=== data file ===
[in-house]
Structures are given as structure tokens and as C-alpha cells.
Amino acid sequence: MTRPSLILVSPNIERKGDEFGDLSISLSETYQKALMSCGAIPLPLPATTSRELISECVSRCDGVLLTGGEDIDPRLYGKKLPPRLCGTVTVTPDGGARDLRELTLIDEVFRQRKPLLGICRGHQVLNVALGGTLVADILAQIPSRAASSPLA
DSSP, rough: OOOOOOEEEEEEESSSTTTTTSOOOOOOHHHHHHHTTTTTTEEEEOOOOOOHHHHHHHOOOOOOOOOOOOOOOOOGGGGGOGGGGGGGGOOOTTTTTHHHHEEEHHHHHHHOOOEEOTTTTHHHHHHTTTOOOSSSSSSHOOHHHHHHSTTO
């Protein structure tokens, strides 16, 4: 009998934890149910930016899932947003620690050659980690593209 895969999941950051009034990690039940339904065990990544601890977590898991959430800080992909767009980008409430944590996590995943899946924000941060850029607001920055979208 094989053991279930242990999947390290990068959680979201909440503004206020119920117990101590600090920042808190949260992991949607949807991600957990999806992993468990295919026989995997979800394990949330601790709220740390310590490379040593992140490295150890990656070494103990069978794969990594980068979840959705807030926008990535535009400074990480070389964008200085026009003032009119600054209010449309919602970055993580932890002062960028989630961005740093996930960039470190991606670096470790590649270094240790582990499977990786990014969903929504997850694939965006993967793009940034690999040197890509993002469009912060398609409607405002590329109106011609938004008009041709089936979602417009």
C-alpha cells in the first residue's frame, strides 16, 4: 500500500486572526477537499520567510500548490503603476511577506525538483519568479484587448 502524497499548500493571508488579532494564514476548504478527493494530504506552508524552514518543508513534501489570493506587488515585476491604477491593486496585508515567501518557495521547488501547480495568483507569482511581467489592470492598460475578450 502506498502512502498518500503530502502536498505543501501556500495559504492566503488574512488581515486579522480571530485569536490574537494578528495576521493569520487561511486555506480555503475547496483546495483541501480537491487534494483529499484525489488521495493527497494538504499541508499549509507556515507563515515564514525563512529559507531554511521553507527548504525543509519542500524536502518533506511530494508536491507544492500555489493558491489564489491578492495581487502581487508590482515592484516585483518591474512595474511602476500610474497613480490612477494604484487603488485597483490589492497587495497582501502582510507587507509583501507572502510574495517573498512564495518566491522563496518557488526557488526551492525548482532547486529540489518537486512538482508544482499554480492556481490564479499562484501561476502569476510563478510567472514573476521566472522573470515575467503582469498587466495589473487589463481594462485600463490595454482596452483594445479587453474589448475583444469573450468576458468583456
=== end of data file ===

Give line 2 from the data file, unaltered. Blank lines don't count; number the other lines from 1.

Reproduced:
Structures are given as structure tokens and as C-alpha cells.